individual transistors. For this approach the source is grounded; the
control gate has programming voltage (Vpp) applied to it while the drain
gets approximately half of the programming voltage applied to it. The
voltage on the control gate is capacitively coupled to the floating gate.
This turns the transistor on and causes the current (electrons) to flow
from the source to drain. Some of these electrons will have sufficient
energy (~3.1eV) to pass through the oxide charging the floating gate.
Electrons deposited on the floating gate charge the gate negatively and
turn off the transistor.
Flash technology continues to evolve at a rapid pace. Foremost among
the changes is the rapid shrinkage of minimum feature size, or design
4


rules. This scaling will continue to allow prices to drop (as chip sizes
decrease) and for densities to increase. In order to maintain constant
electric field inside the chip, the nominal operating voltages will also have
to decrease. This decrease in internal voltage may be hidden from the
system designer because of on-chip voltage translators, but internally, the
device will operate at a lower voltage. Many systems will actually benefit
from the decreased supply voltage requirements, especially battery
operated devices such as digital cellular phones and pagers. In nearly all
memory devices: DRAMs, SRAMs, MROMs, EEPROMs, and flash, each
memory cell typically stores one bit Of information, a 1 or 0. For example,
in a 16 Mbit flash, the memory array is composed of 16 million transistors.
In these devices, a single threshold level separates the 0 state from the
1 state. In flash memory, these two states are differentiated by the
amount of charge on the floating gate of a memory cell transistor. If one
could accurately control the amount of charge such that 4 charge states
were distinguishable, then 2 bits of information could be stored in a single
transistor; thereby halving the number of memory transistors required. If 8
states are distinguishable, then 3 bits of information can be stored per
memory cell transistor.
Several manufacturers have introduced multilevel cell devices. MLC
technology promises a significantly reduced cost per bit, but, ultimately
chip cost is related to die yield and die area. Because the die area
consists of peripheral circuitry, control circuitry, and memory array area,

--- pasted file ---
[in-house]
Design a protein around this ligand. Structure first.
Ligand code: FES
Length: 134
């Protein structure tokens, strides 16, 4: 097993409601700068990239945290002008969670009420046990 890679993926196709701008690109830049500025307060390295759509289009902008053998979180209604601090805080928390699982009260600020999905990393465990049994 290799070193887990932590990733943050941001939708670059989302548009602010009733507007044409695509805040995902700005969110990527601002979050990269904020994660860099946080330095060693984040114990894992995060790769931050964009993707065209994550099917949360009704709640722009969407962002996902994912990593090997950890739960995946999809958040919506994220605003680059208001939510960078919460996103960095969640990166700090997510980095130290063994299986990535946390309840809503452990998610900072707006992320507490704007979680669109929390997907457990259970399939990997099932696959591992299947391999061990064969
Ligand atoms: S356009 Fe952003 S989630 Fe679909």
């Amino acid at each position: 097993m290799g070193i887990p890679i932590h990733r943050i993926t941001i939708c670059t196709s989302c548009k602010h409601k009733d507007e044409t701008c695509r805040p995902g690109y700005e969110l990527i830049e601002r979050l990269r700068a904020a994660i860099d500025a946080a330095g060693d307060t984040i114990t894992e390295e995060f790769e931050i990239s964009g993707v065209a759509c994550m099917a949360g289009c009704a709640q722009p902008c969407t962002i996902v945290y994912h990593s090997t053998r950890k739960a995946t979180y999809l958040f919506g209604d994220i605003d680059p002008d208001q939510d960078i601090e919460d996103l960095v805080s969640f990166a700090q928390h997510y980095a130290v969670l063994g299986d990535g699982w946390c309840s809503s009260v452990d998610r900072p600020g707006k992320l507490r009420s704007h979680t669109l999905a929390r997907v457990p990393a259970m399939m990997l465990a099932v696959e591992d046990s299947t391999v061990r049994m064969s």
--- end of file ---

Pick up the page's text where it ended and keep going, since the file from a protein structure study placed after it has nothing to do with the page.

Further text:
halving the memory array using a 2 bit MLC design will not halve the die
area. For applications that are very sensitive to cost per bit, MLC flash
may be the most cost effective approach. However, there are tradeoffs.
Data shows that MLC designs have 3-4 times longer programming times
and lower write/erase cycle endurance. Although the block erase times
5


and read times are expected to be comparable to single bit per cell flash,
the longer programming times and reduced lifetime mat take MLC flash
less desirable for solid state disk drives than standard single bit per cell
flash.
As flash technology matures, the development of specialized flash
devices optimized for specific functionality was inevitable. While NAND
flash is optimized for use as a solid state drive, improvements in NOR
flash are on a horizon. The read-while-write NOR flash devices are
essentially two or more memory arrays on a die. This enables the user to
read from one array while programming or erasing the other array. The
next development in NOR flash will likely address the need for increased
performance. Random access speeds will continue to decrease as
lithography decreases, but the falling supply voltage could work against
this. The next evolutionary step is likely to be the emergence of
synchronous flash devices.
6


2. Overview of Flash architectures
2.1 NOR Flash
Within NOR flash, any byte is randomly accessible from a read and write
perspective (with the exception that a byte cannot be rewritten unless its
associated block is erased). This aspect of NOR flash suits it particularly
well for code storage and execute-in-place applications, which require
high-speed random access. Access times range from 65 to 170 nsec.
Intel's 28F016XS, a synchronous flash memory with a three-stage
pipeline, broke the speed record with access times to 30 nsec. This move
translates to zero-wait-state performance at 33 MHz, with burst lengths
up to the full 2 Mbytes.
Traditionally, NOR flash has been associated with large, 64-kbyte erase
blocks and long erase times of 1 to 2 sec. Although the large block size
minimizes the erase granularity, it also minimizes the overhead control
circuitry needed to access the array; this, in turn, minimizes the die size,
which allows a lower cost structure. Hitachi's HN28- F1600 16-Mbit
device, with 512-byte sectors (or blocks), breaks the mold on erase sector
size and erase time for NOR flash. Each 512-byte sector in the
HN28F1600 erases in 10 msec, but the sectors can be configured into
larger block sizes of up to 32 contiguous sectors and erased in 15 msec.
Compared with RAM, NOR-flash write time is several orders of magnitude
slower, typically 7 to 10 psec/byte. Intel's 16-Mbit flash devices have two